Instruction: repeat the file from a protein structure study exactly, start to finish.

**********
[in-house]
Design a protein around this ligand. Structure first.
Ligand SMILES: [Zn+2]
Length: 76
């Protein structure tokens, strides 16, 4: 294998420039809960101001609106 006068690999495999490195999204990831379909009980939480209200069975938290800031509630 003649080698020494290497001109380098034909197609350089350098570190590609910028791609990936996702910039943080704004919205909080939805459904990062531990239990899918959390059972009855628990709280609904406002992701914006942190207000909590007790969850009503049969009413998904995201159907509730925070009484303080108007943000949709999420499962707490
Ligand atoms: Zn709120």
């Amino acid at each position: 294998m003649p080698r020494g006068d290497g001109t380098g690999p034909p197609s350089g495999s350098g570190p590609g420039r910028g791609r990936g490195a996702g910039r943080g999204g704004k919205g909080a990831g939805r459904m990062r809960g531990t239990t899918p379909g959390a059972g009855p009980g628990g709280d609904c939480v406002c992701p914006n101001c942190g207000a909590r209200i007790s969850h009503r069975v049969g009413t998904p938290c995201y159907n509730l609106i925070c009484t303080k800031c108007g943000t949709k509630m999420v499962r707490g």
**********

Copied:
[in-house]
Design a protein around this ligand. Structure first.
Ligand SMILES: [Zn+2]
Length: 76
């Protein structure tokens, strides 16, 4: 294998420039809960101001609106 006068690999495999490195999204990831379909009980939480209200069975938290800031509630 003649080698020494290497001109380098034909197609350089350098570190590609910028791609990936996702910039943080704004919205909080939805459904990062531990239990899918959390059972009855628990709280609904406002992701914006942190207000909590007790969850009503049969009413998904995201159907509730925070009484303080108007943000949709999420499962707490
Ligand atoms: Zn709120």
């Amino acid at each position: 294998m003649p080698r020494g006068d290497g001109t380098g690999p034909p197609s350089g495999s350098g570190p590609g420039r910028g791609r990936g490195a996702g910039r943080g999204g704004k919205g909080a990831g939805r459904m990062r809960g531990t239990t899918p379909g959390a059972g009855p009980g628990g709280d609904c939480v406002c992701p914006n101001c942190g207000a909590r209200i007790s969850h009503r069975v049969g009413t998904p938290c995201y159907n509730l609106i925070c009484t303080k800031c108007g943000t949709k509630m999420v499962r707490g």